You should seek to increase your flexibility. It is important to keep in mind that both your approach and your alternatives should be able to bend in the wind and weather an unexpected storm. A negotiator may enter the talks with a preconceived idea of the best alternatives available to both sides. However, negotiators should not be bound by these preconceptions.
Circumstances can change rapidly. Unexpected changes can be anything from new information, a sudden rise in costs, or new legislation. A sudden shift in conditions can immediately affect the strength of either side’s BATNA during the negotiation process.
How to Determine Your BATNA
How do you determine your best alternative to a negotiated agreement? First, dissect both your position and your negotiation interests. Then, look at the sum of these parts relative to all the alternative options available. Pick the best option. Finally, do the reverse from the perspective of the other side. A well-prepared negotiator views the whole picture in this way.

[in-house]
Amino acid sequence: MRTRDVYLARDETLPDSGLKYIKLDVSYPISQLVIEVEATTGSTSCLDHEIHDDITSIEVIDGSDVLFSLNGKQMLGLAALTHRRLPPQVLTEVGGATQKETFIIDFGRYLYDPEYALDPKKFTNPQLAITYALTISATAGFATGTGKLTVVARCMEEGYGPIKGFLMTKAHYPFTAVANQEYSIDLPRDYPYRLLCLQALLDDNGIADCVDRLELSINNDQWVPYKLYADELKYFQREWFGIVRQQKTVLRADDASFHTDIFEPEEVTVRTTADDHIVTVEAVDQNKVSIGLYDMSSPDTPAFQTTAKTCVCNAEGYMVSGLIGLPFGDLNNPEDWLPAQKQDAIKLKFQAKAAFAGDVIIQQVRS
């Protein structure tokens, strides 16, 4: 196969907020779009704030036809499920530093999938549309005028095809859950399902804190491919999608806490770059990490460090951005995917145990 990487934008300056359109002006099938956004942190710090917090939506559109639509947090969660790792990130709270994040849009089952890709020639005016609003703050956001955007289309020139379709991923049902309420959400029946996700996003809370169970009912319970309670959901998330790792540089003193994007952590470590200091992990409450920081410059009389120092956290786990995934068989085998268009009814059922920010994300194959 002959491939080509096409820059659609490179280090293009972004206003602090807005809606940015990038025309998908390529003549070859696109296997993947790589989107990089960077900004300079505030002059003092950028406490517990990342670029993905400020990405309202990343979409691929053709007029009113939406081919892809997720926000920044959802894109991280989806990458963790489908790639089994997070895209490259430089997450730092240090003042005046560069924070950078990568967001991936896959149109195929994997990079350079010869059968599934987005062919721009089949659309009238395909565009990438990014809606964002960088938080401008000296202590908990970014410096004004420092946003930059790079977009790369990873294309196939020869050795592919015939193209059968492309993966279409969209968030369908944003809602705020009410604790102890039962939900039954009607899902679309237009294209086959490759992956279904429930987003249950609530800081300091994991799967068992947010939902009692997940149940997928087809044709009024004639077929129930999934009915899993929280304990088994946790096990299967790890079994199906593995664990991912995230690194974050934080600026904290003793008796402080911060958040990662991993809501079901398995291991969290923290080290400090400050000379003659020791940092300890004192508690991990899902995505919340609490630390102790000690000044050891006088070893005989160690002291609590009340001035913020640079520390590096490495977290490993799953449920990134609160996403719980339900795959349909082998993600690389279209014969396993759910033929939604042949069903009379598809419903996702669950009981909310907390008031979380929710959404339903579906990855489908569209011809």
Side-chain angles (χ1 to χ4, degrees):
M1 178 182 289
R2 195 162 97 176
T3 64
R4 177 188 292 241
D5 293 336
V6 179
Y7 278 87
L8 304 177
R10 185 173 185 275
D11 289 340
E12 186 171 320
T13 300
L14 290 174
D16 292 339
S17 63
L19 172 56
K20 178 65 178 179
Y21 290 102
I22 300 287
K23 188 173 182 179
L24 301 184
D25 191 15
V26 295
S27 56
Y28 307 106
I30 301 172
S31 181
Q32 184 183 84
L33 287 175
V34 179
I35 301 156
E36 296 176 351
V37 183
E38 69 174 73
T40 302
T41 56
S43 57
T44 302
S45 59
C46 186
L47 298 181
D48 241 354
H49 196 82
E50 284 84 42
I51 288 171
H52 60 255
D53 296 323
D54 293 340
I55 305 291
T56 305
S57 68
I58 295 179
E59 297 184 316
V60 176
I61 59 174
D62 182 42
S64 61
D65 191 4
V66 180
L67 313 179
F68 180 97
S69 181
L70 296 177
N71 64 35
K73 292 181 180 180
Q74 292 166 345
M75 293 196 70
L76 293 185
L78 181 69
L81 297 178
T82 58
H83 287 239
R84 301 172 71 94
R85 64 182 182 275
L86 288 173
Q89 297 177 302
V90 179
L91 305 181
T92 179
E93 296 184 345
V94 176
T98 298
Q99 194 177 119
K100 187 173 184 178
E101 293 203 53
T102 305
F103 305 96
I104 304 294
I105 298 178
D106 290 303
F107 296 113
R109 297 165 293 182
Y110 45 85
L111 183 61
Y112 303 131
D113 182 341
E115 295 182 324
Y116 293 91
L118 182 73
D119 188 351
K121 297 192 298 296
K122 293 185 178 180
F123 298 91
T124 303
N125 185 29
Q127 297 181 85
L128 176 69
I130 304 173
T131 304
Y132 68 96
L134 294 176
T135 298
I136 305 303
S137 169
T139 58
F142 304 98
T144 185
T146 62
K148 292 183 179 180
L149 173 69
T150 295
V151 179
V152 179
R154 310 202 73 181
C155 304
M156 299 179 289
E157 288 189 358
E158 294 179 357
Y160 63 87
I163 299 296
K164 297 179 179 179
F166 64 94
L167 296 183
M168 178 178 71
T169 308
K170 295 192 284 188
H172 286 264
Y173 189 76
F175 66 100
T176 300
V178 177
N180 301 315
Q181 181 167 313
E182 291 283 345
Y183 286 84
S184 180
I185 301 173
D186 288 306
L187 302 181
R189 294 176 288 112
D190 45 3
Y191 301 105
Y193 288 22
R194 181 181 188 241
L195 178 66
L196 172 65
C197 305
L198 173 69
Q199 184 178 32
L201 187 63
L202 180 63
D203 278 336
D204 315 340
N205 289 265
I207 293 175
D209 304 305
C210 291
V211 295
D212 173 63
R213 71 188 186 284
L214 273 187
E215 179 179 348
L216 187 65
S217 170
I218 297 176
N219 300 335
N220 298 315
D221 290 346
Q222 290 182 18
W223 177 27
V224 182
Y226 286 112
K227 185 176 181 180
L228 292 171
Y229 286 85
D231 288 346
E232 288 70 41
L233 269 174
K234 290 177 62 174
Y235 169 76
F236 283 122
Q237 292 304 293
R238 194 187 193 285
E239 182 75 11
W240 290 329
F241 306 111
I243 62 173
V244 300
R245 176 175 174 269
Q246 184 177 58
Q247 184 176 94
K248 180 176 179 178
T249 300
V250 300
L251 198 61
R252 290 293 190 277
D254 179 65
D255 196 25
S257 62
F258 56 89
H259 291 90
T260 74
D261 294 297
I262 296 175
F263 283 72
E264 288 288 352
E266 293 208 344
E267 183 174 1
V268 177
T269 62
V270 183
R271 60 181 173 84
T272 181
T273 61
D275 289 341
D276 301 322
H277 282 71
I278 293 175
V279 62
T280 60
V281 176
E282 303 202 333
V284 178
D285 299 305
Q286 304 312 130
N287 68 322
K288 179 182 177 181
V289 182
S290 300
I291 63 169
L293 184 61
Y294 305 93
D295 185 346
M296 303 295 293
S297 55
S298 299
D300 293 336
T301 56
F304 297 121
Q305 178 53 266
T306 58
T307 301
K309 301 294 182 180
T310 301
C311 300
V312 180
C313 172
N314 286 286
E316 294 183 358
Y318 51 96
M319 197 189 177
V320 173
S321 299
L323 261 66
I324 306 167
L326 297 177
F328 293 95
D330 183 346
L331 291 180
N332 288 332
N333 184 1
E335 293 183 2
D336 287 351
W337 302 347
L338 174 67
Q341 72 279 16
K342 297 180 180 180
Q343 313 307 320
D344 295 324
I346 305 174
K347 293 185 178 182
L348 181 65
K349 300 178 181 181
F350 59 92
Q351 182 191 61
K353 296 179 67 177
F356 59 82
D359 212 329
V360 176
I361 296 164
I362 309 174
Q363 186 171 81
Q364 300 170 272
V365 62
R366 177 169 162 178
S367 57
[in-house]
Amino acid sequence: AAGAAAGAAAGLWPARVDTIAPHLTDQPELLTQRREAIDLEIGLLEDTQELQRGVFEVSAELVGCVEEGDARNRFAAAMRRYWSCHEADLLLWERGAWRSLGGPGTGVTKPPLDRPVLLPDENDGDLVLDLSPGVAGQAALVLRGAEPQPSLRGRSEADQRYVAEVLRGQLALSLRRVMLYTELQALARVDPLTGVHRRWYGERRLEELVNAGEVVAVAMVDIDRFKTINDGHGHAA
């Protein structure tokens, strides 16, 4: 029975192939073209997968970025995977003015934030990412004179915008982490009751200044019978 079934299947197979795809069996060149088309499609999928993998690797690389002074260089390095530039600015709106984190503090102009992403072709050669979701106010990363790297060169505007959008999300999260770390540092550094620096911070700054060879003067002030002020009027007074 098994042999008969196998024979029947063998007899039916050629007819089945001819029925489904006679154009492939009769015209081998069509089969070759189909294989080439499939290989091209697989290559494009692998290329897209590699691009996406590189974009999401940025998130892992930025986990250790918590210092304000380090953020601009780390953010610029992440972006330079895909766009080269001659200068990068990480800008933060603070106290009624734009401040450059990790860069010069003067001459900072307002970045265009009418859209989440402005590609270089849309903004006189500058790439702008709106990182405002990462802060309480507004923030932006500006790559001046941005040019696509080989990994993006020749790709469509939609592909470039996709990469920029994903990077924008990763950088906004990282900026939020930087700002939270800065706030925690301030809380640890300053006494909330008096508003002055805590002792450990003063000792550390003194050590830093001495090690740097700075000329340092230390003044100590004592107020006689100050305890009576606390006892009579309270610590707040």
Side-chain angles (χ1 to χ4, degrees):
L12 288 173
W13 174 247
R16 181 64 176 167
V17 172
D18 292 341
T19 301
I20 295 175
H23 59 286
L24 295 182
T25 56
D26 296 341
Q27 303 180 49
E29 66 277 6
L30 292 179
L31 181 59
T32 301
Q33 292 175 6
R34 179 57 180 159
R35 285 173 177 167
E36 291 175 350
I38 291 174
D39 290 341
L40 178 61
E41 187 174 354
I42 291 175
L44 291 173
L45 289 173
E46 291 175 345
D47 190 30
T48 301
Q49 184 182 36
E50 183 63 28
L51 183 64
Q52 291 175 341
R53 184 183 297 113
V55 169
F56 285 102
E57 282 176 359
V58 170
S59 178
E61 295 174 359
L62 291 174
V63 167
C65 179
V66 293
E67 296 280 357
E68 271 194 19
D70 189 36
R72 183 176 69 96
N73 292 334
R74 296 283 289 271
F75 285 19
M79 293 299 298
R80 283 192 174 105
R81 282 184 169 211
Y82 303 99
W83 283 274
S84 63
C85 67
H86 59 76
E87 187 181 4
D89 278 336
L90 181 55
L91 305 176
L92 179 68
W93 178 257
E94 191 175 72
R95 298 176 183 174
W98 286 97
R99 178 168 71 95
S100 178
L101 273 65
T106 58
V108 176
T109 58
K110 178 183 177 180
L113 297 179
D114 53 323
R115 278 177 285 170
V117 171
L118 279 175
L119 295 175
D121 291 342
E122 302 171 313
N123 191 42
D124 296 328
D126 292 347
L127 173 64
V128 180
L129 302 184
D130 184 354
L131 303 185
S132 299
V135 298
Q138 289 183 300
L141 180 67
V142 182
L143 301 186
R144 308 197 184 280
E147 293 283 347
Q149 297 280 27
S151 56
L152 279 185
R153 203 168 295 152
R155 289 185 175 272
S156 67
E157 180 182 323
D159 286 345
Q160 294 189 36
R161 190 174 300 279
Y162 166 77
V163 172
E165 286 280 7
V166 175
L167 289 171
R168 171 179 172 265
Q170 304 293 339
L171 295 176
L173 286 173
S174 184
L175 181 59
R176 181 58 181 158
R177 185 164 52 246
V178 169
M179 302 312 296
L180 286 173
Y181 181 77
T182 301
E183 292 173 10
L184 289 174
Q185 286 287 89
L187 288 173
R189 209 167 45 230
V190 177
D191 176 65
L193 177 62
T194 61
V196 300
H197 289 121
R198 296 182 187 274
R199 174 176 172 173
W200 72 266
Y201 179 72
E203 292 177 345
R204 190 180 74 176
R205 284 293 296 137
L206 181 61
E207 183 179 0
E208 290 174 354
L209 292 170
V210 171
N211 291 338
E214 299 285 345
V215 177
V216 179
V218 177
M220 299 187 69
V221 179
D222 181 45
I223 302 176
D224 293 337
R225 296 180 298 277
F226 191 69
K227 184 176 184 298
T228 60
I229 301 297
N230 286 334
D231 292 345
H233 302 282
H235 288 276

Some of the most crucial factors that should be considered include:
- Cost: Ask yourself how much it will cost to do this deal relative to the cost of your best alternative. Cost estimation may include both short-term and long-term considerations. Figure out which of your options is the most affordable.
- Feasibility: Which option is the most feasible? Which one can you realistically put into action in time?
- Impact: Which of your options will have the most immediate positive influence?
- Consequences: Determine the outcome of each option that could be a possible solution.